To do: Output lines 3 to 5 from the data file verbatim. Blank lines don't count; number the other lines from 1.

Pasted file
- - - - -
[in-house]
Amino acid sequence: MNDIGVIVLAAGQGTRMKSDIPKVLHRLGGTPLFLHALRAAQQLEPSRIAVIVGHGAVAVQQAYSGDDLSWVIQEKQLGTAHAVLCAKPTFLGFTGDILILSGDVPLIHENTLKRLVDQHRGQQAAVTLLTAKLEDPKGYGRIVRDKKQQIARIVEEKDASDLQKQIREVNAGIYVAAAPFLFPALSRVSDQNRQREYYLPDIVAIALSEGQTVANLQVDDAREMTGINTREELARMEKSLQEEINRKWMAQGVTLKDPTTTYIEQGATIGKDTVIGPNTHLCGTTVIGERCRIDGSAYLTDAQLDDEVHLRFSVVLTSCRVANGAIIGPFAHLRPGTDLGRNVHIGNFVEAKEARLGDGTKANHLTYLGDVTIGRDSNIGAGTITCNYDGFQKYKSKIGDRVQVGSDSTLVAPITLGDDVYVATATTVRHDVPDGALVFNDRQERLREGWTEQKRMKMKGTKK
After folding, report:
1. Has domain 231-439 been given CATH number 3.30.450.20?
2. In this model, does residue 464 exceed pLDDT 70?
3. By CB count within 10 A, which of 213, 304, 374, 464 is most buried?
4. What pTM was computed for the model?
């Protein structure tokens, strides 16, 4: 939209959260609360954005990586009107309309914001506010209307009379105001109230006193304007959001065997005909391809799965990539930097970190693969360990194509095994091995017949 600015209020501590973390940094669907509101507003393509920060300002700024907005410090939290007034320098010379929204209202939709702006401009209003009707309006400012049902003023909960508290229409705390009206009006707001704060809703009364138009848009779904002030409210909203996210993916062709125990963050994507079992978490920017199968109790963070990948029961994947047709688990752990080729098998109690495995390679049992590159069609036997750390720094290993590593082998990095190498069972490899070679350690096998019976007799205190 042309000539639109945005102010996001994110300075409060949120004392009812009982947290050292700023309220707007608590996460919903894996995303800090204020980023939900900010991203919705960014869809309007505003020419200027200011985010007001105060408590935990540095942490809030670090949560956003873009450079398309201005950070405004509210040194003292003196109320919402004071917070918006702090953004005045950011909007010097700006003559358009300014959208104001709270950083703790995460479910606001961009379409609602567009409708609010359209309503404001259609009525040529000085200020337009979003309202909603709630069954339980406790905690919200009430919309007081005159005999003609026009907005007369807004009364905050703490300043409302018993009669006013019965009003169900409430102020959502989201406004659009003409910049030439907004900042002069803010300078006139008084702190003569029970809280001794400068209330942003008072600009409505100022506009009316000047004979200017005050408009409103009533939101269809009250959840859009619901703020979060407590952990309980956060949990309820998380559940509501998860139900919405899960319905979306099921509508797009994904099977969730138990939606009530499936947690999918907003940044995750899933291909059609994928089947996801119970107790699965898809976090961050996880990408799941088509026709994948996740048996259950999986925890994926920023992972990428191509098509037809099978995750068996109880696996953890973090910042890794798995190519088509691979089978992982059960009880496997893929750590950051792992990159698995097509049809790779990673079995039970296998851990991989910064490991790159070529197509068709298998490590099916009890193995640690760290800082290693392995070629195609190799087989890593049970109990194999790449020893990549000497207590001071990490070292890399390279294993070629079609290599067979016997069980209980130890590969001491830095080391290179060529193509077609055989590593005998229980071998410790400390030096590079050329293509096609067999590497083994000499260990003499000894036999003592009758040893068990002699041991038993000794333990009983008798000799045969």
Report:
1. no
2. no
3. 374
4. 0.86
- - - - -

After folding, report:
1. Has domain 231-439 been given CATH number 3.30.450.20?
2. In this model, does residue 464 exceed pLDDT 70?